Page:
The Kilauea summit lava lake formed in 2008. Over the weekend, the level of lava rose more than 20 feet. But, it came just short of overflowing onto the floor of the Halema‘uma‘u Crater. The latest lava measurements have the lava at 7 feet below the crater rim.
Jessica Ferracane, Hawaii Volcanoes National Park spokesperson, described the scene (via Hawaii News Now):
“There was a lot of spattering that visitors are able to see from the Jagger Museum observation deck and also a lot of rumbling sounds as the crater walls heat up and the rocks fall into that roiling lava lake below. After the sun sets and the darkness starts to come in, that dramatic glow from the lava lake casting it’s reflection on the clouds and on the plume of gas and ash coming out of there — it is just super dramatic and beautiful. Everybody is just super happy to see this. The action isn’t always like this, so the people who are lucky enough to be here right now are really in for a treat this evening.”
Park officials could not have asked for better timing. The spike in activity came during National Park Week, which lasted April 18th – 26th. There was already going to be a spike in visitors to the parks. The lava lake increase made sure visitors were in for a treat.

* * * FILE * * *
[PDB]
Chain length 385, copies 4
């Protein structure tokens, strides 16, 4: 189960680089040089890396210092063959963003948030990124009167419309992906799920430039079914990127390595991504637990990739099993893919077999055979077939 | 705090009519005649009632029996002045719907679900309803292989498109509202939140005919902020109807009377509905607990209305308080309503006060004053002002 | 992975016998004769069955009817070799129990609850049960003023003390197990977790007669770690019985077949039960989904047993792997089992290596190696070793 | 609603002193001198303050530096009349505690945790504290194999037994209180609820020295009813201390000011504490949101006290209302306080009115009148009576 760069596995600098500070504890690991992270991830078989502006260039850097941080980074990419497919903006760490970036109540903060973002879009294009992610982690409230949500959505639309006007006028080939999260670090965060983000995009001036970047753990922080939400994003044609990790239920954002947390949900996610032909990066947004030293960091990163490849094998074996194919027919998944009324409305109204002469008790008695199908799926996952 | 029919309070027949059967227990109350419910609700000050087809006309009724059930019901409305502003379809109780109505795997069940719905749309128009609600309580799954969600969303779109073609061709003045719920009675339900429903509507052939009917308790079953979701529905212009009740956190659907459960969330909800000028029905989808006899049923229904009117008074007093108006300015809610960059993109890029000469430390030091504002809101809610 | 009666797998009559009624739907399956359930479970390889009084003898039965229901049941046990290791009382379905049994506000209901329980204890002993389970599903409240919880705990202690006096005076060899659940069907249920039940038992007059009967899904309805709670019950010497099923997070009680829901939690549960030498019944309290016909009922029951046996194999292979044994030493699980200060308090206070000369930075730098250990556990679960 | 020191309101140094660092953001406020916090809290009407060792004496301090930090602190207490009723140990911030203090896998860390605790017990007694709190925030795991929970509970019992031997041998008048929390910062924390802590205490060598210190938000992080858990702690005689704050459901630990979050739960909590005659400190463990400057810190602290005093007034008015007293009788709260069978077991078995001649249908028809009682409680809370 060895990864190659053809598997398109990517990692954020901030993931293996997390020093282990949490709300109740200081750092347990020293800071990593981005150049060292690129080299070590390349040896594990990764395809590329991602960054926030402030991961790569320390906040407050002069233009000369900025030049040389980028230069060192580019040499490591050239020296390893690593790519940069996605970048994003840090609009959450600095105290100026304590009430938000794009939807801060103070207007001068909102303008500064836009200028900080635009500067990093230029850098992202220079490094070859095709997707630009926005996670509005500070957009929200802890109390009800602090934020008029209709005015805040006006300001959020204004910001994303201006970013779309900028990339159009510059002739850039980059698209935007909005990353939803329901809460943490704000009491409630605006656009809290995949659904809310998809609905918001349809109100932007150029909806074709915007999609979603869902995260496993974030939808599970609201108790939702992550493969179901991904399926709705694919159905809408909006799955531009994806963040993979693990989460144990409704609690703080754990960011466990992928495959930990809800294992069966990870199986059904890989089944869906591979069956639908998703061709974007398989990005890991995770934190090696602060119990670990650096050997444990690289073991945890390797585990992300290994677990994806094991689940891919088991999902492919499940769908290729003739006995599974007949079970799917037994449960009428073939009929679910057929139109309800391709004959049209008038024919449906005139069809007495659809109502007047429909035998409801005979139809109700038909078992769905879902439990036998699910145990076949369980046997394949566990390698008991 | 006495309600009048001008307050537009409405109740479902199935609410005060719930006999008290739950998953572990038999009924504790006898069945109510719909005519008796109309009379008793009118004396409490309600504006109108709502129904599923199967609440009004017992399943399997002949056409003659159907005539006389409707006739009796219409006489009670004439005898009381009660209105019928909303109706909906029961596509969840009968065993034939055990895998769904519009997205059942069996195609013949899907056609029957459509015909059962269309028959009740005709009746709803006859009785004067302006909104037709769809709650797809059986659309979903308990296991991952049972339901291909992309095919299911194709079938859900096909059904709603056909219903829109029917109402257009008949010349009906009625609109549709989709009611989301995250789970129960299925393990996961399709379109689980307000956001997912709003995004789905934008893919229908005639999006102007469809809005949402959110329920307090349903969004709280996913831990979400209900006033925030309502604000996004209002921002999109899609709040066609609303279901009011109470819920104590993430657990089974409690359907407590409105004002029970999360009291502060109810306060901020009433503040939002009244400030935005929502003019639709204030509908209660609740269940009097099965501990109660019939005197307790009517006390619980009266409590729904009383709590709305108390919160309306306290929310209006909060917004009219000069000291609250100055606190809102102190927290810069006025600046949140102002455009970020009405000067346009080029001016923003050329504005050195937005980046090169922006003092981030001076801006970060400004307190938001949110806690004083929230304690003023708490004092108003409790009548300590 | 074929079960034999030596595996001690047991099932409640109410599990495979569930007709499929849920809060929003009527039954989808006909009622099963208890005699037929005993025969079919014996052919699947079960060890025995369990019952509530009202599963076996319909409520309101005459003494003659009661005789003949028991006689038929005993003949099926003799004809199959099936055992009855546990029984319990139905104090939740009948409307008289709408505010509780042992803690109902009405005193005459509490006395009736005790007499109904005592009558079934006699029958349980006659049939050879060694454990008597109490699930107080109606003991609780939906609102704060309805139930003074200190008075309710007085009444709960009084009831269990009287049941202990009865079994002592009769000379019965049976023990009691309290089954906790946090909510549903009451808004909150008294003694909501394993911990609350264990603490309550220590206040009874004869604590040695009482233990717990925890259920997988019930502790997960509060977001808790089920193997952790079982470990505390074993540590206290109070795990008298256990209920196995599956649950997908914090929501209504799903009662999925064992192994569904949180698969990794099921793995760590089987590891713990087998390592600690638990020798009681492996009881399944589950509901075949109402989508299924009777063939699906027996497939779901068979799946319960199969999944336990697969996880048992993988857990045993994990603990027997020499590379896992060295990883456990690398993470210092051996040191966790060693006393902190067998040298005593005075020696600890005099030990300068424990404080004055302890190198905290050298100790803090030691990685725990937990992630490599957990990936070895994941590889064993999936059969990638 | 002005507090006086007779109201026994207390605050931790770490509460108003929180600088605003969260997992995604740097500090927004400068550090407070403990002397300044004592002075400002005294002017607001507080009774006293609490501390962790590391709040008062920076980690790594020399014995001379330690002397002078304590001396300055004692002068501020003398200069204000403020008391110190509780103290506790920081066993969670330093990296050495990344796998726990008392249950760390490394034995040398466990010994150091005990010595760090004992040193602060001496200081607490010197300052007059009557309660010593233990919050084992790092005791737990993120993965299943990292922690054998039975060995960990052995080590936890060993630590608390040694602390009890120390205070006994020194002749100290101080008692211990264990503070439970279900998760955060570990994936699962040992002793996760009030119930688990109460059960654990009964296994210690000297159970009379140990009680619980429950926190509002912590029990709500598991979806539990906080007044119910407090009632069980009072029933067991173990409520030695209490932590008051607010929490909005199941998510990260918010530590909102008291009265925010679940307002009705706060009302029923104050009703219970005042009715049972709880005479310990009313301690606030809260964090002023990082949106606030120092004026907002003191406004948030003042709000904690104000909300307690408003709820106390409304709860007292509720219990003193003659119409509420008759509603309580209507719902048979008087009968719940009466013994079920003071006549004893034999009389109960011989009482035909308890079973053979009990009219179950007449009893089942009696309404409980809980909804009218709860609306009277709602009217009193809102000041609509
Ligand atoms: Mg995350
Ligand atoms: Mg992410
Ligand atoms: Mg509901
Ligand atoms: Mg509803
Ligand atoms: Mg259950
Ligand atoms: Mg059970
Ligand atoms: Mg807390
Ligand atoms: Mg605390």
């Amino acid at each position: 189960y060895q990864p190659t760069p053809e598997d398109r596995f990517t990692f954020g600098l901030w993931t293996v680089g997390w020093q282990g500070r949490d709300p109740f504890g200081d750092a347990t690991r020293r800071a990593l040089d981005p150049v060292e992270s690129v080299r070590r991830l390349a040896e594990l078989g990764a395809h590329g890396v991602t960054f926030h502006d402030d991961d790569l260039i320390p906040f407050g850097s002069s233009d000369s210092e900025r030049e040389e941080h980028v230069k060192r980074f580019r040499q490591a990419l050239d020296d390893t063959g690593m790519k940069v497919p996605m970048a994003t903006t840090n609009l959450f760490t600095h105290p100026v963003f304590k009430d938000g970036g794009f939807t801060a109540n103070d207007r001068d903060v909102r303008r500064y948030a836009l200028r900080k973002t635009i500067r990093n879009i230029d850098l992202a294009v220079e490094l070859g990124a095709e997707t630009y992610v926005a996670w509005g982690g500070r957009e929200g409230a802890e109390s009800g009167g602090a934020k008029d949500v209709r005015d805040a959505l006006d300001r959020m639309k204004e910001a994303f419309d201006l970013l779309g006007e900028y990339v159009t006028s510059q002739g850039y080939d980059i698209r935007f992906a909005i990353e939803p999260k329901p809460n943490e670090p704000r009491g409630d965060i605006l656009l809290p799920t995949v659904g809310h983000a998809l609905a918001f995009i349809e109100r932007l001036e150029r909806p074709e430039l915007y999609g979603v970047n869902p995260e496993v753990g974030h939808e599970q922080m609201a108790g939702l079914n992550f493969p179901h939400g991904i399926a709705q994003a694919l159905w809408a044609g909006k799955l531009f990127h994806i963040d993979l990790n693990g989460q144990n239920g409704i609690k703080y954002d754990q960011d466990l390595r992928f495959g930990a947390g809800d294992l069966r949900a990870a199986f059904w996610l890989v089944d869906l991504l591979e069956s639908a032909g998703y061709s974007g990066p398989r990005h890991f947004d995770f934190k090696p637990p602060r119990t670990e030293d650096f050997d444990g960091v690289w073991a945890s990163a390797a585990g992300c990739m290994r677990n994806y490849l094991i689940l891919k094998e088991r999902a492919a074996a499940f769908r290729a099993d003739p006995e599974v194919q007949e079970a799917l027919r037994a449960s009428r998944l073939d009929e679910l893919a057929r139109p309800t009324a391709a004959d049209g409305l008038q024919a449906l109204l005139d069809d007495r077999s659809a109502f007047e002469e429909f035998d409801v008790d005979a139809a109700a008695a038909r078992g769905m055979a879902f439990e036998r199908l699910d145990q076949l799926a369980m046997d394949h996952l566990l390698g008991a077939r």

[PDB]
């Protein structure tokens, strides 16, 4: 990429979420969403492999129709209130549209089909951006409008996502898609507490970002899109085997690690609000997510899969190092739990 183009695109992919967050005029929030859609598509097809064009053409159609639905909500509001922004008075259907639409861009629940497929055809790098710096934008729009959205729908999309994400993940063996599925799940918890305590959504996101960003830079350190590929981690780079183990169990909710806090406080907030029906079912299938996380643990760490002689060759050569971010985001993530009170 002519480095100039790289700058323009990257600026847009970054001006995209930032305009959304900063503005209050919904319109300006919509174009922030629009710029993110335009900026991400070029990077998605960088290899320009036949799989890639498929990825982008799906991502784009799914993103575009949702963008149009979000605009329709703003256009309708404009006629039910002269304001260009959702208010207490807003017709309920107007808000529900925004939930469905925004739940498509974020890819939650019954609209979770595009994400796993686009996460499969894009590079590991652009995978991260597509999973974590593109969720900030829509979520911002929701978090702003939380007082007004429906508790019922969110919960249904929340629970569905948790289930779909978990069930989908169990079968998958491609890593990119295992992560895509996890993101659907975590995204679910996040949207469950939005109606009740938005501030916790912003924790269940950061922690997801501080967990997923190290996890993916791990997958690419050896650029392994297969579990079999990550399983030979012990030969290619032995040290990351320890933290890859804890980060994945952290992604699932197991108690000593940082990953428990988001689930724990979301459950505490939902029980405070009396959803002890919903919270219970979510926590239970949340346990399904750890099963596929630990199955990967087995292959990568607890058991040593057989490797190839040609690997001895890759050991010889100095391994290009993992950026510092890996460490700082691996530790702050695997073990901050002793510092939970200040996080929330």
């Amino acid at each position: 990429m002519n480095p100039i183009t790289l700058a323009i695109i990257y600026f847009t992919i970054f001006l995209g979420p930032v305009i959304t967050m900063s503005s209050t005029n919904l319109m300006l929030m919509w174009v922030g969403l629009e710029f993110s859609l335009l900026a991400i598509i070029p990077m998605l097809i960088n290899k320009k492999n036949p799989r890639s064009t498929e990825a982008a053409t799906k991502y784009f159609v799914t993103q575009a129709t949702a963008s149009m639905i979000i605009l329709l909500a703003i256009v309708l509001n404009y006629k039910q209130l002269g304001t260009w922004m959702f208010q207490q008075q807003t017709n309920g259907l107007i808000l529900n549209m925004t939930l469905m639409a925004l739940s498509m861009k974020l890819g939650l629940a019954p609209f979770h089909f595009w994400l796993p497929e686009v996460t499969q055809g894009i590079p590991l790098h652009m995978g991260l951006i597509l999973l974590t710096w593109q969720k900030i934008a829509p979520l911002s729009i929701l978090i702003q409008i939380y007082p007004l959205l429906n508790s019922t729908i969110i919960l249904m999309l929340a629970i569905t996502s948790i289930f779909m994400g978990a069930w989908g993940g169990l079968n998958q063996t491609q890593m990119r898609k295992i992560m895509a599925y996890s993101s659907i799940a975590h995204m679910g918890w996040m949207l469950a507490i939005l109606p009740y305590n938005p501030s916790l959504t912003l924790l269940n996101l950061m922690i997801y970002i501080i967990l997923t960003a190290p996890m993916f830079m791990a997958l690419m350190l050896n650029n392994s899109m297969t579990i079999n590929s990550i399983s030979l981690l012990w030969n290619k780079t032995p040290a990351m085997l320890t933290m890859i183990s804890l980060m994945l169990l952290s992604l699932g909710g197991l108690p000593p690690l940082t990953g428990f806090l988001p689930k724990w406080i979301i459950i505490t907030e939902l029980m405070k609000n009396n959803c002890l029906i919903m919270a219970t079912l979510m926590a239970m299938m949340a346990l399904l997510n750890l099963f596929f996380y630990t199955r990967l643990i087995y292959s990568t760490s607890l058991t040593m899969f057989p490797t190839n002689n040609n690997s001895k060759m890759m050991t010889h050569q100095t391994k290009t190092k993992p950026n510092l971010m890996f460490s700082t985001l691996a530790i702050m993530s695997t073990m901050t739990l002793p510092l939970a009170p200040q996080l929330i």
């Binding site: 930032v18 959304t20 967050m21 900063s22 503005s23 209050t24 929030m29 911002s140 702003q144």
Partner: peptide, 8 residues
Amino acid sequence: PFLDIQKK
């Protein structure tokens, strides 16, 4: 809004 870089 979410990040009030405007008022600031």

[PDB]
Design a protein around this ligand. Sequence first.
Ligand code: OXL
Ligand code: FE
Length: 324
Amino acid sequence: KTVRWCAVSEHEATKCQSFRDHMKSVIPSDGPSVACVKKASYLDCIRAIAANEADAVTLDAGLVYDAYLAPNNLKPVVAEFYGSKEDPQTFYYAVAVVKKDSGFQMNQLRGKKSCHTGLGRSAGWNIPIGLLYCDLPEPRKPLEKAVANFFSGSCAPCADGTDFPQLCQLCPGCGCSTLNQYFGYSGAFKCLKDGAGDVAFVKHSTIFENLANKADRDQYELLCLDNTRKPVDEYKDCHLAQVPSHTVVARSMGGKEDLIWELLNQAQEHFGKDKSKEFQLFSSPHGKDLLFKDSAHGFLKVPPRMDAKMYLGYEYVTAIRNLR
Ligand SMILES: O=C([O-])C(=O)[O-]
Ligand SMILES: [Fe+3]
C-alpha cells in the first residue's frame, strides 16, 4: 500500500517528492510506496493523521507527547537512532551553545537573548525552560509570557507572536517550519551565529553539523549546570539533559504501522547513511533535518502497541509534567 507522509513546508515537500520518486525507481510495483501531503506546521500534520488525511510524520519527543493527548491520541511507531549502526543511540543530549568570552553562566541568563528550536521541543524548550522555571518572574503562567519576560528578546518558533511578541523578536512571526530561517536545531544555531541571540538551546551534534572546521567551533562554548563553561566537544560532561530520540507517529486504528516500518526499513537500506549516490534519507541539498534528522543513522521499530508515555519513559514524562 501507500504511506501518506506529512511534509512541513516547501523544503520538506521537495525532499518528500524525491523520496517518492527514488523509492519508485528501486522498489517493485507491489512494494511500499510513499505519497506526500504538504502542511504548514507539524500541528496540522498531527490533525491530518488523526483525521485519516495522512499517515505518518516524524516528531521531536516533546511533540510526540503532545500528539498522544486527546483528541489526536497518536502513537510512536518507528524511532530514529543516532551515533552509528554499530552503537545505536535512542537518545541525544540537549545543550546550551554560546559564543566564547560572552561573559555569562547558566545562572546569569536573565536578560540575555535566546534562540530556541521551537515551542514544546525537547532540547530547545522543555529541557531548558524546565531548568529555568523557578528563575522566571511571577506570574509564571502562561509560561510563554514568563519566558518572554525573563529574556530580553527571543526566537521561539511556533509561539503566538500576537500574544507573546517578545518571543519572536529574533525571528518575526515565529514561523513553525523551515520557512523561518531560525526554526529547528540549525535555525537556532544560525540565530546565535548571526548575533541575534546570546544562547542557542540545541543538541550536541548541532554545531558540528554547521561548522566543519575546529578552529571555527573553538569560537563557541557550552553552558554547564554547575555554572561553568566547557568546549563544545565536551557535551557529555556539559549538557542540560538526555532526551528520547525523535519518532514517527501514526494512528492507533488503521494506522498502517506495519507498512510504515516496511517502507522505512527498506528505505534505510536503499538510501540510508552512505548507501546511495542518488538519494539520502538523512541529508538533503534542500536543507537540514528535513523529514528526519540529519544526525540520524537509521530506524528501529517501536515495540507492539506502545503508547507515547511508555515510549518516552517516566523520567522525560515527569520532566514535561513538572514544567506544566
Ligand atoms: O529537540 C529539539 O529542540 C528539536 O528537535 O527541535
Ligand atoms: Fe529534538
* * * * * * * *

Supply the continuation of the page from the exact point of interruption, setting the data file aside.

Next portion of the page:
The National Park Service’s official blog for America’s National Parks in the Pacific has several fantastic photos of the lava lake. Here are a two of my favorite ones.
Check out the post for more.
Hawaii247.com shot this video on April 24th.
USGS officials also observed elevated seismic activity at Kilauea’s summit and upper East Rift Zone.
Here’re a few more facts about the summit lava lake.
According to the USGS, the dimensions of the lake are 520 feet by 690 feet.
Lava levels have varied tremendously in the past from about 25 meters to more than 200 meters below the floor of Halemaʻumaʻu Crater. This most recent increase is the highest it’s ever been.
A “small explosive event” opened the Overlook crater (unofficial name) back in 2008. Since then, the crater has been continuously active.
Image credits: NPS, S. Geiger, Mark Wasser